Changing demographics and a greater appreciation for central-city living have sparked a new wave of gentrification in Atlanta.
Yet recent gentrification is a sharp contrast from restoration efforts in the '70s and '80s, said Larry Keating, professor of city and regional planning at Georgia Tech's College of Architecture.
Gentrification, the upgrading of deteriorated urban property by middle-class or affluent people, is a subject of great debate because it often results in lower-income residents being forced to move.
"In addition to displacement, resurgent gentrification also raises issues about changes in political power - at both the neighborhood level and throughout the city," said Keating, who presented a paper, "Resurgent Gentrification: Politics and Policy in Atlanta," at the American Sociological Association's annual meeting held Aug. 16-19 in Atlanta.
Keating uses the term "resurgent gentrification" to contrast current restoration with the slower-paced gentrification that occurred from 1965 to 1990. Resurgent gentrification in Atlanta has six key characteristics:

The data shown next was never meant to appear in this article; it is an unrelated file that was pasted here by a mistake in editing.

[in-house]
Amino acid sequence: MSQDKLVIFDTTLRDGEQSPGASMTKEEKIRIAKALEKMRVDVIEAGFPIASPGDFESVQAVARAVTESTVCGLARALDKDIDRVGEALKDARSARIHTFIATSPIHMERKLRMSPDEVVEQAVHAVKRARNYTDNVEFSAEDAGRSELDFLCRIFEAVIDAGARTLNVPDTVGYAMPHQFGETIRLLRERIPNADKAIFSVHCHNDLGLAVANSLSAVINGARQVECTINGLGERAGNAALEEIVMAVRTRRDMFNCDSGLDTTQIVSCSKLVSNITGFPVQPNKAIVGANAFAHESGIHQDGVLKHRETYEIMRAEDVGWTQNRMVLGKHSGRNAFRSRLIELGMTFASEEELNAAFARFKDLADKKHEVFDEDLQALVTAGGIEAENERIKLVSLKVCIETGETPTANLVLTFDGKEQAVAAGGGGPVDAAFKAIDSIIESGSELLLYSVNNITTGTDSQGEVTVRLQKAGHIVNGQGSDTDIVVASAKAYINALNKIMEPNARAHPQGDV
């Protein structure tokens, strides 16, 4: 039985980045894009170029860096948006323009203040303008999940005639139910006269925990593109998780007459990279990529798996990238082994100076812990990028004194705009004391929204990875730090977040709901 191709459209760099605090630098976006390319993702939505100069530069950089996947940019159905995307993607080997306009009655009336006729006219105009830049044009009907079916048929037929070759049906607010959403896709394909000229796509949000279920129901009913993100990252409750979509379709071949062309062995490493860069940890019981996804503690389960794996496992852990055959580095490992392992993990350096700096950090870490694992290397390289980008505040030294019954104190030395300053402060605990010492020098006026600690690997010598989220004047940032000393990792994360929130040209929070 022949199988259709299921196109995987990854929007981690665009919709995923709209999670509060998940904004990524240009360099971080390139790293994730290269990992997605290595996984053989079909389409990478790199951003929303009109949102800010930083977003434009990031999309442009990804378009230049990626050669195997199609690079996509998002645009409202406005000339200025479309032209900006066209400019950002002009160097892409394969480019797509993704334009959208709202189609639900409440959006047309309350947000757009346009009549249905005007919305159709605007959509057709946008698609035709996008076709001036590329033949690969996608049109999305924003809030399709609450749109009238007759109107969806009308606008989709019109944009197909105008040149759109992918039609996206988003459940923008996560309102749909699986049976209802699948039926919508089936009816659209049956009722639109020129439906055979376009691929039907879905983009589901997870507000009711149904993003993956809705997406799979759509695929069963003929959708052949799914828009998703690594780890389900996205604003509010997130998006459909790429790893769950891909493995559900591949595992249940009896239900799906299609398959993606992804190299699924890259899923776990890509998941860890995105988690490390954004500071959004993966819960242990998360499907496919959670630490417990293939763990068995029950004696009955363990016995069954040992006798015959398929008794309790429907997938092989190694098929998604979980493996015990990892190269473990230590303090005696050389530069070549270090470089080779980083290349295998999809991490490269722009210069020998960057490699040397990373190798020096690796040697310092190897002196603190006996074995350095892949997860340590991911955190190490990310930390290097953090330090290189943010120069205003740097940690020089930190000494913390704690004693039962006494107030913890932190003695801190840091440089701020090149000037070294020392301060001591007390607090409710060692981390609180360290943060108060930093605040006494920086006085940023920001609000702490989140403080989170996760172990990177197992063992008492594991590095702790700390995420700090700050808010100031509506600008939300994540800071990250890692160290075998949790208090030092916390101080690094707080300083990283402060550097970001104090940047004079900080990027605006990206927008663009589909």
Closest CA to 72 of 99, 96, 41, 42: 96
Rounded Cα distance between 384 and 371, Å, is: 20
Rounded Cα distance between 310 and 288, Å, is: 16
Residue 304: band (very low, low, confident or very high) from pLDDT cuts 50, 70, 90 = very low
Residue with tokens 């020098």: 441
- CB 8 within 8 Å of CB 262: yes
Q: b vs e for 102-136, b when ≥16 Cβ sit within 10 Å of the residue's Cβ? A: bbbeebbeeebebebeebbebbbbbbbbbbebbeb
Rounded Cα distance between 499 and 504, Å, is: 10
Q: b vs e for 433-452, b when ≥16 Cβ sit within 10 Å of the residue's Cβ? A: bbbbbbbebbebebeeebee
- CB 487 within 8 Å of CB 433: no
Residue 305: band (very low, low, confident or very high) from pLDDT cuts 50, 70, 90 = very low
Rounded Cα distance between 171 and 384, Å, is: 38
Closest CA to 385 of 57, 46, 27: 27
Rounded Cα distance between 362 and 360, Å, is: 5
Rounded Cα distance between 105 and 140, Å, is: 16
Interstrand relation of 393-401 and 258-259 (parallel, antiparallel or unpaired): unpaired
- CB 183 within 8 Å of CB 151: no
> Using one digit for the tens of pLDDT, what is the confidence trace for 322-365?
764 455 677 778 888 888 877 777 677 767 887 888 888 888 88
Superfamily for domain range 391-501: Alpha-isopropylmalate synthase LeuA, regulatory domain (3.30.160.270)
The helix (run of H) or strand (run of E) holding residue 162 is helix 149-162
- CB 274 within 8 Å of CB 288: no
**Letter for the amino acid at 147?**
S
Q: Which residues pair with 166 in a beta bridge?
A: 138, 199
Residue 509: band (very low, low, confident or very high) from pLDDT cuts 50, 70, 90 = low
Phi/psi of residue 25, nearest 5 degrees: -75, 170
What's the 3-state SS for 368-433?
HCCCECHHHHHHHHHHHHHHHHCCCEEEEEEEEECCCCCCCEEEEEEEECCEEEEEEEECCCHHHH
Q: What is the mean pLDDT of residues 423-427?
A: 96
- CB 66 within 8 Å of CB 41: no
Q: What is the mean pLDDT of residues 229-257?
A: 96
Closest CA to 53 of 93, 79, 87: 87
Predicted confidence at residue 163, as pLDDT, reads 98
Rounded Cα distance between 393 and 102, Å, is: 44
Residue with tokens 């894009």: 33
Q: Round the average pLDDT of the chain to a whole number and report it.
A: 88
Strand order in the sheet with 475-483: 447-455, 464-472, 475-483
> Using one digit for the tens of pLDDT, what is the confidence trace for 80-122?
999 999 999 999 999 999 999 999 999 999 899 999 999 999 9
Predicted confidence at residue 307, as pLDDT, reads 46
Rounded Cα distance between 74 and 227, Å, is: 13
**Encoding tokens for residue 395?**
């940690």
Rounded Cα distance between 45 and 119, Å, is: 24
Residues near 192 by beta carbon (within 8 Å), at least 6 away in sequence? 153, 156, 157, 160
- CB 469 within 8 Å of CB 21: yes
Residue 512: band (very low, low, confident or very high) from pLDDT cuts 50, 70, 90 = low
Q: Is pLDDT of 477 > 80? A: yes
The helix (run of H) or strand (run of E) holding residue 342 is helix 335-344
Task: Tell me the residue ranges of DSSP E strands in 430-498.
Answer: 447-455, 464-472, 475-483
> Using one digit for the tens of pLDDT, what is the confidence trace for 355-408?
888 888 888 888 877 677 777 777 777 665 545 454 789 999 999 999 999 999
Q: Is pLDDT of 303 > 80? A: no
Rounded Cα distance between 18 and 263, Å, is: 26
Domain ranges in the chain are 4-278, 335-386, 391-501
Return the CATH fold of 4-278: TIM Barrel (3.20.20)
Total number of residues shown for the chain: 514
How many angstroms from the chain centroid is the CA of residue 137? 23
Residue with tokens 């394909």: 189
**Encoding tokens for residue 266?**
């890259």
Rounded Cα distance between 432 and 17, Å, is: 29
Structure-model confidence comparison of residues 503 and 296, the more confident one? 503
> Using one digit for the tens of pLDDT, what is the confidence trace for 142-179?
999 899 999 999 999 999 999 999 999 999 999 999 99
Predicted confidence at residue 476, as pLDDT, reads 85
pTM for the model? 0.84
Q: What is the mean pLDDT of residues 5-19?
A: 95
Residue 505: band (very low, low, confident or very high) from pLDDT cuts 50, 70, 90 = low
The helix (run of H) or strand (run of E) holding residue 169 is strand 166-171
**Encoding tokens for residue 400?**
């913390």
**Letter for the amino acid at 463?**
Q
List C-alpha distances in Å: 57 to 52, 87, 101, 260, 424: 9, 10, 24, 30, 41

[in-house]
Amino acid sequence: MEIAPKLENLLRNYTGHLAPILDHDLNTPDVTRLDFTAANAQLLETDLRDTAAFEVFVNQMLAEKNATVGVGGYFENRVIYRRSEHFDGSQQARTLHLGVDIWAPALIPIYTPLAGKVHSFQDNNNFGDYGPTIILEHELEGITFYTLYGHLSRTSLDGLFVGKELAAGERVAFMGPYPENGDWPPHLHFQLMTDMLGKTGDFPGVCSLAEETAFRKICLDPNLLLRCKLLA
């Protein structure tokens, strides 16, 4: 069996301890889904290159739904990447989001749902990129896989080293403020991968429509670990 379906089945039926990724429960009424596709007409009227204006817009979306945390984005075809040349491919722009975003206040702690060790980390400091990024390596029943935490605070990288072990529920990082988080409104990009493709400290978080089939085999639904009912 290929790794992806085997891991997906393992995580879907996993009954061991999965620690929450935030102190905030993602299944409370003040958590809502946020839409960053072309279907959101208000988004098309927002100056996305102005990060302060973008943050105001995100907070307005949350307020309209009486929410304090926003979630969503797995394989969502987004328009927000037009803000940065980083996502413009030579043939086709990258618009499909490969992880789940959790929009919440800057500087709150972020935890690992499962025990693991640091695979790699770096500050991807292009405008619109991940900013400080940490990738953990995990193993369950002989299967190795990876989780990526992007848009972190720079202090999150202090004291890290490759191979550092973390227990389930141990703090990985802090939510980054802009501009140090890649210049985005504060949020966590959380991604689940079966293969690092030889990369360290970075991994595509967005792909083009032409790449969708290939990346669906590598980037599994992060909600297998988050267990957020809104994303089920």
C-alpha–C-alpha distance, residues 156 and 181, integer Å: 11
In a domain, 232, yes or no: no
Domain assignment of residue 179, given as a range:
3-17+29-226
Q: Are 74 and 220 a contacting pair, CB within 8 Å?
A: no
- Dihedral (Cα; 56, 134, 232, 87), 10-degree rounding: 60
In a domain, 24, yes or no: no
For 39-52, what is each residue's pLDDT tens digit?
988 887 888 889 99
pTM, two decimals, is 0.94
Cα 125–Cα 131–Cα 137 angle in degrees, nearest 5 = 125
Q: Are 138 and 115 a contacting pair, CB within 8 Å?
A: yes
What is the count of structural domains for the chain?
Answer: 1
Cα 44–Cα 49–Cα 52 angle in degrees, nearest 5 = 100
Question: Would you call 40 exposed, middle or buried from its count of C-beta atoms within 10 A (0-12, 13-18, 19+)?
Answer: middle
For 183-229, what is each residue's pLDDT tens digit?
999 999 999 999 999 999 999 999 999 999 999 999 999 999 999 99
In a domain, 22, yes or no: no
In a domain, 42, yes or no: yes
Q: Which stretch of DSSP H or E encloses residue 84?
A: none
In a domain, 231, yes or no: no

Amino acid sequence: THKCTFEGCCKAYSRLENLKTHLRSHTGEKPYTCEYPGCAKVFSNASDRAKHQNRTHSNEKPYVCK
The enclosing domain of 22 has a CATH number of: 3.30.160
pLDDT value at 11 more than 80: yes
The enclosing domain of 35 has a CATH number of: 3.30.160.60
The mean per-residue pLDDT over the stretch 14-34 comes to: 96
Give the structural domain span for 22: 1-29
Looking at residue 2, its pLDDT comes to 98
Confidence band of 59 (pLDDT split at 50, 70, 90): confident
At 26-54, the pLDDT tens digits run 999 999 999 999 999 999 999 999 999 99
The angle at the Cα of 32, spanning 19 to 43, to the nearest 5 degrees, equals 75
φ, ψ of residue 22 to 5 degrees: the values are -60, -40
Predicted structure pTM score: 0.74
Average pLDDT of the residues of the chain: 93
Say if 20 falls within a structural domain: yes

Three of the most serious repercussions of resurgent gentrification are: loss of affordable housing, displacement of poor residents and the destruction of indigenous sociological communities. "Although the resulting challenges of resurgent gentrification are similar to those of previous decades, what has changed is the magnitude of the problem," Keating said. "In the long run, more poor people lose."
What's more, resurgent gentrification is not isolated to Atlanta, Keating added, noting that cities such as Boston, Chicago, San Francisco, and Oakland, Calif., face similar phenomenon.
Keating's paper draws from his work on the Atlanta Gentrification Task Force, a city-appointed committee he chaired from 2000 to 2001. As a result of its research, this task force endorsed 40 recommendations. The Atlanta City Council passed five of these recommendations -- which focus subsidies on the lowest income households -- into legislation. "Some of the recommendations are controversial, so I don't know if they'll remain, but it is significant that the local government took some action against the negative effects of gentrification," Keating said.
In fact, the Urban Institute, a nonpartisan social policy and research organization in Washington, D.C., is including these recommendations in a new study on how local governments are responding to resurgent gentrification.
"There is considerably more work to be done in this policy area," Keating says. "There are many reasons why gentrification is positive - both for cities and society as a whole -- but we need to minimize the damage that gentrification does to low-income groups."
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